Original Research

Household and meals versus the Temple purity system: Patterns of replication in Luke-Acts

J. H. Elliott
HTS Teologiese Studies / Theological Studies | Vol 47, No 2 | a2391 | DOI: https://doi.org/10.4102/hts.v47i2.2391 | © 1991 J. H. Elliott | This work is licensed under CC Attribution 4.0
Submitted: 09 January 1991 | Published: 09 January 1991

About the author(s)

J. H. Elliott, Visiting Professor, Faculty of Theology (Sec A) University of Pretoria, South Africa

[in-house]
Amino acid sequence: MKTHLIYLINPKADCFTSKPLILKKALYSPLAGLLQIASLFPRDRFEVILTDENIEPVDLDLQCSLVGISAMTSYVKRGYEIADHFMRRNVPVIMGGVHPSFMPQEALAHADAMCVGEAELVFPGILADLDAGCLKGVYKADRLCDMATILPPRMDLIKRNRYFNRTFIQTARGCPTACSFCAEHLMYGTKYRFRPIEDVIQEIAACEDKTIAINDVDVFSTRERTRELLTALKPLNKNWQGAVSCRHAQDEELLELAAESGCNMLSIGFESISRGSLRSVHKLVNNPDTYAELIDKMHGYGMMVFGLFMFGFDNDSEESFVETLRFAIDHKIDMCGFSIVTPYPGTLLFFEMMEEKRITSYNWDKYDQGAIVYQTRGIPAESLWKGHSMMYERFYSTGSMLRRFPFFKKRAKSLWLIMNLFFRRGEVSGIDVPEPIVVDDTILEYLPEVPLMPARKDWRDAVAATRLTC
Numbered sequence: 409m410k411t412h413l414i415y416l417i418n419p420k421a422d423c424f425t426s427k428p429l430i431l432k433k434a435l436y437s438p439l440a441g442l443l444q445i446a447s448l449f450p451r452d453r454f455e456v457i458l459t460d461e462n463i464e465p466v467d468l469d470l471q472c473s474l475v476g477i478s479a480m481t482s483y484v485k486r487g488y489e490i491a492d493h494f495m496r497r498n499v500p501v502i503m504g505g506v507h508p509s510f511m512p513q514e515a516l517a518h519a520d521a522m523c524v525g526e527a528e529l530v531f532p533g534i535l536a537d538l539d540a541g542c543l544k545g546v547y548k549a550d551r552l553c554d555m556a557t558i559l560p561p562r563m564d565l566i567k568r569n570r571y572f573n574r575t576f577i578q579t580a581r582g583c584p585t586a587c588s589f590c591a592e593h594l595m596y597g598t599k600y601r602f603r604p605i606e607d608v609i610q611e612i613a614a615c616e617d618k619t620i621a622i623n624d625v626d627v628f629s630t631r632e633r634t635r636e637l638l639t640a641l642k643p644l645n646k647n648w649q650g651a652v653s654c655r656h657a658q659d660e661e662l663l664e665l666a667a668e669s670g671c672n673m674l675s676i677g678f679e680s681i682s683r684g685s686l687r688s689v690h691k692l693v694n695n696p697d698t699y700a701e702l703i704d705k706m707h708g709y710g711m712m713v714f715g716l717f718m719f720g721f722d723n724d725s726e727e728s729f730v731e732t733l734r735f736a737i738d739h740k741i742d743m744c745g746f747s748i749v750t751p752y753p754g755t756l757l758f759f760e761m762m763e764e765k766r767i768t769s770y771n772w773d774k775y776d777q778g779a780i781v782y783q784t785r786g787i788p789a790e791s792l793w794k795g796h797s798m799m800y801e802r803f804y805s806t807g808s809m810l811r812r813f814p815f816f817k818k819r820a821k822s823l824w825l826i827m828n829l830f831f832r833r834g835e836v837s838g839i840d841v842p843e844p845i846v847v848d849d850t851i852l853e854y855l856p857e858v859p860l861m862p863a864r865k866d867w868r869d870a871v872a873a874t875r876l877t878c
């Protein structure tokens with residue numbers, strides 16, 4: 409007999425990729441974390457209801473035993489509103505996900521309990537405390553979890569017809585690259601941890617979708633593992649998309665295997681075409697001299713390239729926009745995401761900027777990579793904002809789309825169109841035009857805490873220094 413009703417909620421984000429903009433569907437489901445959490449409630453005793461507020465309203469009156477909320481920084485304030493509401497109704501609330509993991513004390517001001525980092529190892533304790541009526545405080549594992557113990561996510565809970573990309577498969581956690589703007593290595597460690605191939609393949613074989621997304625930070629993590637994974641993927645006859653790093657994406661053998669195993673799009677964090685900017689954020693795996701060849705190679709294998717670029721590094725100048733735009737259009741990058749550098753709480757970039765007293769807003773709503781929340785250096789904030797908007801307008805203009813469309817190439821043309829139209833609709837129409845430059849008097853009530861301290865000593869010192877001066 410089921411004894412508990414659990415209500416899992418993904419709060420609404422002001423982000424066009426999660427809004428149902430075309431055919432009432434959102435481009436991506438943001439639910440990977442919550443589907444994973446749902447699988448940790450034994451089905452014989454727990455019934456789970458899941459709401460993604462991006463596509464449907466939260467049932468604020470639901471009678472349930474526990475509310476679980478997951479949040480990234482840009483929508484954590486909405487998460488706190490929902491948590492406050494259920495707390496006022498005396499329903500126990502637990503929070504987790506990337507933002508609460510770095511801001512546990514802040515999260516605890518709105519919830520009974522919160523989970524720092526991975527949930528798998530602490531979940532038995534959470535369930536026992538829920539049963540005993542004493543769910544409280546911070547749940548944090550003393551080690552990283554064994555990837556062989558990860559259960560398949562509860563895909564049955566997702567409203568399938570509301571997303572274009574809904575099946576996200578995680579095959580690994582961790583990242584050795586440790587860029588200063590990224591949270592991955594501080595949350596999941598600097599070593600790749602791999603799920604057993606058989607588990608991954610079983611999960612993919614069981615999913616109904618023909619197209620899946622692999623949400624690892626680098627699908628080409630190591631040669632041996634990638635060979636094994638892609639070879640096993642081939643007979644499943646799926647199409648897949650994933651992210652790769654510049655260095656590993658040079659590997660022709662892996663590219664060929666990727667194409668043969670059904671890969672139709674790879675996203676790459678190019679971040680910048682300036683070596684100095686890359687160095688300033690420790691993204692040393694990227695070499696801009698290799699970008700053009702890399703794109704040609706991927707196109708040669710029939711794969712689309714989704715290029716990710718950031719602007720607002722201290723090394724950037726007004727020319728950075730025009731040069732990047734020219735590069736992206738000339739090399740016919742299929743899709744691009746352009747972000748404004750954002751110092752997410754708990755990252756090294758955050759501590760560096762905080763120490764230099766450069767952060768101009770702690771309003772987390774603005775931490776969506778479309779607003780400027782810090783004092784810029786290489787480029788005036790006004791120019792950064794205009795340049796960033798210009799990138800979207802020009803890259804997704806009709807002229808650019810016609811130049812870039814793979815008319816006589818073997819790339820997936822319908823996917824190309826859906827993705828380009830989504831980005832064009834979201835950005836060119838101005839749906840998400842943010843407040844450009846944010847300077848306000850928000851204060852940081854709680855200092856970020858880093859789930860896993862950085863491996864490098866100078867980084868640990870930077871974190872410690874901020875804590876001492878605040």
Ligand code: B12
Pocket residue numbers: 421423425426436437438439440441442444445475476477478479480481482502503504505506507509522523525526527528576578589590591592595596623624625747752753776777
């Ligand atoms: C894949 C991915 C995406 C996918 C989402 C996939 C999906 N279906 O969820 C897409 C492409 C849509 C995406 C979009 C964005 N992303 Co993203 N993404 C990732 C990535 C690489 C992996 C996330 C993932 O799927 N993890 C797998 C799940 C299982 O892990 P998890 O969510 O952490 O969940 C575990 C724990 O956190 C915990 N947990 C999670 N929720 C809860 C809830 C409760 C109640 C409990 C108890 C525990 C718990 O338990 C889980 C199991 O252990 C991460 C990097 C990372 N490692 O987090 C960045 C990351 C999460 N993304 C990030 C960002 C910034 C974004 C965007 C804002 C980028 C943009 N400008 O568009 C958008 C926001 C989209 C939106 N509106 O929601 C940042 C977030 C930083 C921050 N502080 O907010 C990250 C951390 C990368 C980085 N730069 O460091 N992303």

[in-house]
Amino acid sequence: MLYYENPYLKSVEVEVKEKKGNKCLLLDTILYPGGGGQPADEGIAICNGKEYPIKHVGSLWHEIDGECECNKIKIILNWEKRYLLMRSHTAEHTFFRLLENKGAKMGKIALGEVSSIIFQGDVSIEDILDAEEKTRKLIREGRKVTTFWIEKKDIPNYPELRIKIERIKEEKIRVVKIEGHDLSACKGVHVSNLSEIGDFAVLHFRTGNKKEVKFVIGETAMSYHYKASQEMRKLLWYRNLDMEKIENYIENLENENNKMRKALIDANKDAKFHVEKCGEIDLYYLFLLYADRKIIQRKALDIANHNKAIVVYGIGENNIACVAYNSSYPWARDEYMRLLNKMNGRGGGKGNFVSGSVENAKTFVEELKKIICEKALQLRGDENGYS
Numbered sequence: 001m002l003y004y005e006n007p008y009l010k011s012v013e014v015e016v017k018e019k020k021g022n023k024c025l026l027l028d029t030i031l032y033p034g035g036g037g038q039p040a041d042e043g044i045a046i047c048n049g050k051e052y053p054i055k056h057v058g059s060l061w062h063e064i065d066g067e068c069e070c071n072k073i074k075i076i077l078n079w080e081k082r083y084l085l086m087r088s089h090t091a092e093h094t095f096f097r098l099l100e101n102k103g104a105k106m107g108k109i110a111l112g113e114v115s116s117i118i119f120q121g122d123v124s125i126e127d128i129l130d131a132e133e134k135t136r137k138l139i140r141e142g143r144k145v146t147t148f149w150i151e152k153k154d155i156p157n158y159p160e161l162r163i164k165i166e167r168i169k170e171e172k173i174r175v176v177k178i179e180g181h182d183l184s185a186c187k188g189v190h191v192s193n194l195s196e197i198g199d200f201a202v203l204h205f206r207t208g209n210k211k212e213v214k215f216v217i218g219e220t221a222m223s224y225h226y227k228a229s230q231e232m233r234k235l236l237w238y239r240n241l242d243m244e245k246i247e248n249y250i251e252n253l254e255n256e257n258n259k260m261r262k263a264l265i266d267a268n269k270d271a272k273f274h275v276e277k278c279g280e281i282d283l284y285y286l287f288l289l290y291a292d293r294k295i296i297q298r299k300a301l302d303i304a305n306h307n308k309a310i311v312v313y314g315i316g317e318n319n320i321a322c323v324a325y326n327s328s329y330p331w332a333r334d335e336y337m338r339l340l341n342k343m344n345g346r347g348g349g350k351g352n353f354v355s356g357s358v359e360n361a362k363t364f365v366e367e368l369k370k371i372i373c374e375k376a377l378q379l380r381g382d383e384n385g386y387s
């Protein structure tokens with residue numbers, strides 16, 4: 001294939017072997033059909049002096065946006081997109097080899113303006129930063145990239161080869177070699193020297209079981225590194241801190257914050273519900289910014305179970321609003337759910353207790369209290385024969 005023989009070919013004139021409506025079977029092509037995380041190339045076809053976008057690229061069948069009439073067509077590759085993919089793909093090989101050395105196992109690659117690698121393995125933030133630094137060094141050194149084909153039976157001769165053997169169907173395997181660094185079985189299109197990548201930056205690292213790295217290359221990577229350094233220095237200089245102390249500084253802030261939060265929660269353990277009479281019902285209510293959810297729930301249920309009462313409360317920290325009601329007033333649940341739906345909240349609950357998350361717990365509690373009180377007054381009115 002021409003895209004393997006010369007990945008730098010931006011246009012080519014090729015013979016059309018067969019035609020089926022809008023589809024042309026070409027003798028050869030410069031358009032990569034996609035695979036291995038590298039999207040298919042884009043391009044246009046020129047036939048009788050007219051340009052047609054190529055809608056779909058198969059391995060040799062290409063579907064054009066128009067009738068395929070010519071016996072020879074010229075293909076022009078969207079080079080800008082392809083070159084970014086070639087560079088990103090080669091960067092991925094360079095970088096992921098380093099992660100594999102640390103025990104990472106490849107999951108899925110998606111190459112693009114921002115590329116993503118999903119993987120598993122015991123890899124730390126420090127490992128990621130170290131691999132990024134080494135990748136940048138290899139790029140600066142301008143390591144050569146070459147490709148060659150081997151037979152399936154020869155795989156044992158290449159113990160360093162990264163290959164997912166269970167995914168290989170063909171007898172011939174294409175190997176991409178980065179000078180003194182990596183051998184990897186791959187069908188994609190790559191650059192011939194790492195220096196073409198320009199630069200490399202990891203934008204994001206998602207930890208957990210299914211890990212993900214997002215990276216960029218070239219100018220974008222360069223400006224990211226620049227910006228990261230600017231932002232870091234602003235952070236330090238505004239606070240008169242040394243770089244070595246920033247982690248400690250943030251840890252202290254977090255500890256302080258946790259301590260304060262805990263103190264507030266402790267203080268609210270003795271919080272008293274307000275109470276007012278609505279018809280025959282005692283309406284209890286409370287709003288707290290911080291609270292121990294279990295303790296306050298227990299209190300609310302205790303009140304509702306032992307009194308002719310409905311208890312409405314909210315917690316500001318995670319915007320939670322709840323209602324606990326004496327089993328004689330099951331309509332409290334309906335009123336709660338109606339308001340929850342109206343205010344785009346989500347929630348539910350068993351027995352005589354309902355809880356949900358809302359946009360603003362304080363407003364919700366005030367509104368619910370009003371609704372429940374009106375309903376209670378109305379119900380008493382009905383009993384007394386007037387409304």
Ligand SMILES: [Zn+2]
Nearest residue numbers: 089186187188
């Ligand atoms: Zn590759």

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In Luke-Acts the social codes and concepts associated with food and meals replicate and support the contrasting social codes, interests, and ideologies associated with the Jerusalem Temple, on the one hand, and the Christian household, on the other. In this study the thesis is advanced that in contrast to the Temple and the exclusivist purity and legal system it represents, Luke has used occasions of domestic dining and hospitality to depict an inclusive form of social relations which transcends previous Jewish purity regulations and which gives concrete social expression to the inclusive character of the gospel, the kingdom of God, and the Christian community.


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